The federal government has agreed to take land into trust in South Bend for Michiana’s Native American tribe.
The Pokagon Band of Potawatomi Indians plans to use its newly restored homeland for a tribal housing and government complex, and a $400 million hotel and casino.
There were few details about the future of the casino at a ceremony in South Bend Tuesday. Instead, tribe members sang, danced and played drums to commemorate having their own land in Indiana for the first time in state history.
The Pokagon Band bought the 165-acre parcel years ago, but having it in federal trust will mean they can govern it as a sovereign state. Tribal councilman Roger Rader says that’s important today and for future generations.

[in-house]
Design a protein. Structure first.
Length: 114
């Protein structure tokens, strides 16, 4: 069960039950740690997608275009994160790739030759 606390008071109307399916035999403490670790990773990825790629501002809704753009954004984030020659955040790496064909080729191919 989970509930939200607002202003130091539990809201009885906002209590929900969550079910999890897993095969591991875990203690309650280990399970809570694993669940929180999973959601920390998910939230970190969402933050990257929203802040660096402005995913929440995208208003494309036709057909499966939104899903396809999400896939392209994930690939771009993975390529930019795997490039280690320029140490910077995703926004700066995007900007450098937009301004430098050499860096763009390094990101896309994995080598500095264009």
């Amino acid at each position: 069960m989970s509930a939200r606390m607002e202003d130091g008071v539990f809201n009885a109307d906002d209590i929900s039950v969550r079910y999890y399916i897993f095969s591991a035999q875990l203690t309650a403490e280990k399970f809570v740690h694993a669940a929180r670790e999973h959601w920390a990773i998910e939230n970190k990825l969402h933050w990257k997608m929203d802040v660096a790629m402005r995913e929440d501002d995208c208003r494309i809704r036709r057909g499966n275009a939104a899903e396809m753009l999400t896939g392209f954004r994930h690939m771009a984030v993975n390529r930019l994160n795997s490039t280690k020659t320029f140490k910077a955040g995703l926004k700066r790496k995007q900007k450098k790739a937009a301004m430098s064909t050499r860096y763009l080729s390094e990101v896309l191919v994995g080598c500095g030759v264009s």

“This is our home, and we’re going to try to stay here as long as we can,” he says. “We’ve always been here and this has been a part of us, just like folks here in South Bend, you know – this is your community as well.”
South Bend mayor Pete Buttigieg was one partner in the tribe’s path to receiving the land who received a ceremonial blanket at Tuesday’s ceremony. Buttigieg says the Pokagon tribe is part of a national story that “has not always been one of the greatest honor for the United States.”
“A restoration like the one that we recognize today signifies that where there is interruption, there will be restoration; where there is separation, there will be return,” Buttigieg says. “And that is what is symbolized by this placing of land in trust.”
The tribe plans to start development on its land with new housing and a police station.
The planned Four Winds casino will come later – tribal officials did not say when.
WVPE’s Jon Huber contributed reporting for this story.